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Neutral Does Not Mean Boring

Recently, stock indexes have moved out of correction territory but have remained quite volatile, with triple-digit Dow moves more common than not. This illustrates why we continue to recommend that investors have a neutral allocation toward equities in their portfolio. Uncertainty remains elevated and trying to chase, or even interpret, every move in the stock market seems to us to be a losing game.

Our view is akin to dating vs. marrying. A lot of the action recently has been from folks that are simply “dating” stocks—no long-term commitment, trying different things out, never settling on a set path—exciting at times but ultimately mostly exhausting and unsatisfying. We suggest investors take an approach more like marriage—a long-term, stable commitment, sticking with the plan through ups and downs, knowing there will be good times and bad, but hopefully ultimately fulfilling in the long term.

Domestic economic picture muddled, and concerning

Investors are also trying to get a handle on the U.S. economic growth vs. the risk of a recession. We remain in the no recession camp, but the data remains mixed. For example, existing home sales rose 0.4% month-over-month, while new home sales (which are a much smaller portion of the market) fell 9.2%. The manufacturing vs. service picture is mixed as well, with manufacturing remaining relatively weak, but improving on some metrics. Both the latest Empire and Philadelphia regional surveys moved higher; although remaining in negative territory. And the national Institute of Supply Management’s (ISM) Manufacturing Index posted a surprising rise to 49.5 from 48.5; while the forward-looking new orders component stayed at a decent 51.5. Additionally, we’ve seen bounces in iron ore prices, the Baltic Dry Index (measuring global shipping price trends), and the general commodities complex—providing some evidence that the downward trend in manufacturing may be ending.

Inflection point for manufacturing?

Supporting the more optimistic view, we received a nice surprise from the durable goods report, which followed a solid industrial production gain of 0.9%. Orders for non-defense capital goods ex-aircraft, considered a proxy for business spending, rose a robust 3.9% month-over-month, while the previous month’s decline was revised slightly higher.

But the much larger service side of the economy is becoming more murky. Markit’s Flash US Services PMI fell below the 50 mark that delineates contraction and expansion; however Markit noted that much of the weakness was attributed to the massive snowstorm in the northeast. The ISM Non-Manufacturing (Services) Index remains in territory depicting expansion, although it ticked very slightly lower to 53.4 from 53.5; with a similar story for the orders component, which is leading, and remains in expansionary territory at 55.5.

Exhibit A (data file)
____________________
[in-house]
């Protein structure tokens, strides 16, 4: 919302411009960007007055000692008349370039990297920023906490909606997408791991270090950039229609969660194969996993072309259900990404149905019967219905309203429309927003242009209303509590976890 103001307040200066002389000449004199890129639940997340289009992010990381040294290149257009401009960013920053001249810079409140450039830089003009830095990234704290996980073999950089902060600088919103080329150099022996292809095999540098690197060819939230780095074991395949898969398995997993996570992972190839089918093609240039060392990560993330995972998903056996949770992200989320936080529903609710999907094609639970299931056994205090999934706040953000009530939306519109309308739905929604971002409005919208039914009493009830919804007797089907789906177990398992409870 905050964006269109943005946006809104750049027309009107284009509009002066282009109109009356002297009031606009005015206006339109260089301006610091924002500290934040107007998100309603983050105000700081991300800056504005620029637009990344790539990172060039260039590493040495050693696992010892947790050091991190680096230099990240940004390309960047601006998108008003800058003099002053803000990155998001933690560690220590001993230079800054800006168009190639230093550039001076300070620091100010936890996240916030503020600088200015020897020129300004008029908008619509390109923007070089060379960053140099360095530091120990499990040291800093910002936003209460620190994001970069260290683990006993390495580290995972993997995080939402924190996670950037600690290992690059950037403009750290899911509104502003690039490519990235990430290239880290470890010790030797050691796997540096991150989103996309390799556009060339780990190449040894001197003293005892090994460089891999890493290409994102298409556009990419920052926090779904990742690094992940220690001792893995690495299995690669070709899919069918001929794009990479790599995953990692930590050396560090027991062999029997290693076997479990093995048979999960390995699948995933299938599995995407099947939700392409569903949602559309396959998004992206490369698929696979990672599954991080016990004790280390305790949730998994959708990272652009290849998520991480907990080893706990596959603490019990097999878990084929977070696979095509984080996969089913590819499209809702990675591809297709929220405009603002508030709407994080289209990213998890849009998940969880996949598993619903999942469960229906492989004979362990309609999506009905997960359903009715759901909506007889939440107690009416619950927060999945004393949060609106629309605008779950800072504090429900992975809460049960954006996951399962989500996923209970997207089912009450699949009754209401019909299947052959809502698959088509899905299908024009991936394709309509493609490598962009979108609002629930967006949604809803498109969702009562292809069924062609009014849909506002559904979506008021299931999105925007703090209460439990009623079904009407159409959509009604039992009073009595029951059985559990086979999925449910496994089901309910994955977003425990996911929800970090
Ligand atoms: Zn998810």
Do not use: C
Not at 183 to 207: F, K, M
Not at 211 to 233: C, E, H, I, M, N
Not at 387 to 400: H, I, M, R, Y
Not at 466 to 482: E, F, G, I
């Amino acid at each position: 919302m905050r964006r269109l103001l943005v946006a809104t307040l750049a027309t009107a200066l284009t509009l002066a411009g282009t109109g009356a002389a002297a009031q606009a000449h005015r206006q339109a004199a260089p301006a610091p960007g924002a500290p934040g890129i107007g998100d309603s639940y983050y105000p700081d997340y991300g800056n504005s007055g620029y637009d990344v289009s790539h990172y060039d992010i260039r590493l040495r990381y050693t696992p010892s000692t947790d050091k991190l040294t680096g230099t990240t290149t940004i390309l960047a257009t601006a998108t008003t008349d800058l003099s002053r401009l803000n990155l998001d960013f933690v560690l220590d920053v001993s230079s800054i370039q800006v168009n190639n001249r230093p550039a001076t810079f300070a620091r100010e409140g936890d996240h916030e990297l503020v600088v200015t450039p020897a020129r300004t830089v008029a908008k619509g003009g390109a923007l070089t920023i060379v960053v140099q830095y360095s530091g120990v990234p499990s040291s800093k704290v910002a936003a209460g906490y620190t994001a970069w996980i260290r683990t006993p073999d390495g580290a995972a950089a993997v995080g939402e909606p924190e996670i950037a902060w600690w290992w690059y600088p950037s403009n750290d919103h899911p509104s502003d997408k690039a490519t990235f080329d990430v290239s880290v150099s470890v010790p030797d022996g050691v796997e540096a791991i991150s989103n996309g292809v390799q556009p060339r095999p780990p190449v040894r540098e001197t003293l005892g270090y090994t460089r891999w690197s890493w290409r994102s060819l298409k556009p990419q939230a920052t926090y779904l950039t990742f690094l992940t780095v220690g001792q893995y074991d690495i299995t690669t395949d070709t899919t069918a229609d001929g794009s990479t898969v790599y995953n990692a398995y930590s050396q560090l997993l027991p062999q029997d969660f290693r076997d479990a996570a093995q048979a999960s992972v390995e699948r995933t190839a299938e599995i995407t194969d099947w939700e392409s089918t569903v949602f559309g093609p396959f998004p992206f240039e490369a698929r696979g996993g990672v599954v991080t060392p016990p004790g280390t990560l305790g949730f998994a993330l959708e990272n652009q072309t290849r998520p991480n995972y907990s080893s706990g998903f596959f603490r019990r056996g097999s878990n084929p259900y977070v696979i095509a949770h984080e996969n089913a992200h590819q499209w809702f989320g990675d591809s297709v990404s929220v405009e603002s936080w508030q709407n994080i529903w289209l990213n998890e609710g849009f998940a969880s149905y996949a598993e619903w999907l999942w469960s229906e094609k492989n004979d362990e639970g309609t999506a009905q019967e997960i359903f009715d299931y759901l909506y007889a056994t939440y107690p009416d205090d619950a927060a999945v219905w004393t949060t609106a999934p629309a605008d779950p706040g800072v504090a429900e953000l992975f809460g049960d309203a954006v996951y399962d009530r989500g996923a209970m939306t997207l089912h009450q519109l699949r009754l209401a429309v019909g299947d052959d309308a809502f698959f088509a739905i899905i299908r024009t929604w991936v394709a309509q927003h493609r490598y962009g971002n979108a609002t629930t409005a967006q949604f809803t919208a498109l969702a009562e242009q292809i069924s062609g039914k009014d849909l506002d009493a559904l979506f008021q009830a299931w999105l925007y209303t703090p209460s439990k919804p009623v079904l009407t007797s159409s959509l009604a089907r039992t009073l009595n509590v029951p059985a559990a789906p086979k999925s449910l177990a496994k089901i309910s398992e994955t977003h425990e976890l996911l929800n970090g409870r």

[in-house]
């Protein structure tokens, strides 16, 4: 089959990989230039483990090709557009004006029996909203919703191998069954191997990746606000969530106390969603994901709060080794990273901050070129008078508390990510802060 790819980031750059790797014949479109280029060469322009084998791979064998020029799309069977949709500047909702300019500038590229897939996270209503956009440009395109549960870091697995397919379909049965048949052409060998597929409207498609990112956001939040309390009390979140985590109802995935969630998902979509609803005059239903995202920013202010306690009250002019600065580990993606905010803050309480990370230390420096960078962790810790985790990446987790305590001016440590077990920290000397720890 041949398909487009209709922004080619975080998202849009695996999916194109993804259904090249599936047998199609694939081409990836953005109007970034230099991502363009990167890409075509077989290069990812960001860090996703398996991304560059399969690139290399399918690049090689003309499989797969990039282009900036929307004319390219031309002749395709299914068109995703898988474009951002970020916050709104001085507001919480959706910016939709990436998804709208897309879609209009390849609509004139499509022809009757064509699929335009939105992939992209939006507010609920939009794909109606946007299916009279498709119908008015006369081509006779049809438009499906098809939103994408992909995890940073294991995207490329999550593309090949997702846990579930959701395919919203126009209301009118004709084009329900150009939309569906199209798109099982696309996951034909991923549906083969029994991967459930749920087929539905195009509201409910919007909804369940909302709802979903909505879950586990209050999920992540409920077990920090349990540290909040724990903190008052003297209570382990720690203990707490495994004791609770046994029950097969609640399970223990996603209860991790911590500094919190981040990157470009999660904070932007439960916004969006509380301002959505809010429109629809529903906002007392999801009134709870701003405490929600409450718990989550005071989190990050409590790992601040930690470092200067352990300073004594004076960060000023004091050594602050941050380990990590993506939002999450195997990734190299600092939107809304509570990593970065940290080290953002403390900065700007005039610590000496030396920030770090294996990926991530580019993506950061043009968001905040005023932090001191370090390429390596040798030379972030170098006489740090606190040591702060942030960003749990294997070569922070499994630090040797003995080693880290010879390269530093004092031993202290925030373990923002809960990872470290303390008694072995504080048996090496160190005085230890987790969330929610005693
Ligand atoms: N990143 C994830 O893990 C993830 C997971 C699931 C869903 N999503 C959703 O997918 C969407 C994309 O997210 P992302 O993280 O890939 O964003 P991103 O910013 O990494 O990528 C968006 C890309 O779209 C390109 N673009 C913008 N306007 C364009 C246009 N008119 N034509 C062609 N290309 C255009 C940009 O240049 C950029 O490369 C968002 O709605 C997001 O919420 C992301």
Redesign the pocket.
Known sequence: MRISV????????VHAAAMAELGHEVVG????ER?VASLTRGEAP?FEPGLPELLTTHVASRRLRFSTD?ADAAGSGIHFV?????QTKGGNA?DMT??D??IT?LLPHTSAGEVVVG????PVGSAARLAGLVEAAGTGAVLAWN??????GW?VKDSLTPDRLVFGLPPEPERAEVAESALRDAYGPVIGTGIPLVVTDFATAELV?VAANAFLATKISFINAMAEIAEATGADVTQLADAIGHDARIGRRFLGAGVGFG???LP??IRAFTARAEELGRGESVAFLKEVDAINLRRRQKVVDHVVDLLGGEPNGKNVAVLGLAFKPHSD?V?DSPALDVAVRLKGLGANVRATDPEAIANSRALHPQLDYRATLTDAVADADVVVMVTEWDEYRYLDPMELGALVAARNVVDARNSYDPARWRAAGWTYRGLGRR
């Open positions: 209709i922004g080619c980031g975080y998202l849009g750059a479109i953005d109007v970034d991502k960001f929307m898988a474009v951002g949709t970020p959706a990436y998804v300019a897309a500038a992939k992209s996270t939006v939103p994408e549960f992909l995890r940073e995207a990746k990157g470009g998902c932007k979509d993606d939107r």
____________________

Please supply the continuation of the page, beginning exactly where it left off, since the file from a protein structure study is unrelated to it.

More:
Finally, the labor market continues to look quite solid. Initial unemployment claims—a leading economic indicator—show no signs of increasing; while the February jobs report showed that 242,000 jobs were added in February while the unemployment rate was 4.9%. The tight labor market means that future gains may be more muted, as there are fewer folks to hire, while also pressuring wages higher.

Feds’s job getting harder

This conglomeration of striking colors mixing into a neutral picture puts the Fed in a bit of a pickle. The Federal Open Market Committee (FOMC) is still biased toward normalizing monetary policy, but the uncertainty in the U.S. economy, combined with volatility in financial markets and foreign central banks easing, means rates will likely not be increased at the March meeting. But the market may be underestimating the chances of further hikes this year, especially given the latest uptick in inflation. The Consumer Price Index (CPI) reading, ex-food and energy (the “core” rate), posted a surprising 2.2% gain year-over-year—not robust but the highest since June 2012. And the Fed’s “preferred” measure of inflation—Personal Consumption Expenditures (PCE)—has also ticked higher, with the core rate at 1.7%. Remember, the Fed’s target rate for inflation is 2.0%.

So what?

Economic uncertainty has contributed to heightened volatility across U.S. and global asset classes. We remain optimistic that the United States is not headed into a recession, which should keep the correction from becoming a bear market. We continue to recommend a neutral allocation to U.S. equities and acknowledge that risks are elevated but urge investors to remain disciplined around their investment plan.
Important Disclosures

Important Disclosure
This material is issued by Charles Schwab, Hong Kong, Ltd. The information provided here is for general informational purposes only and has not been reviewed by the Securities and Futures Commission in Hong Kong.

Content provided by Charles Schwab, Hong Kong
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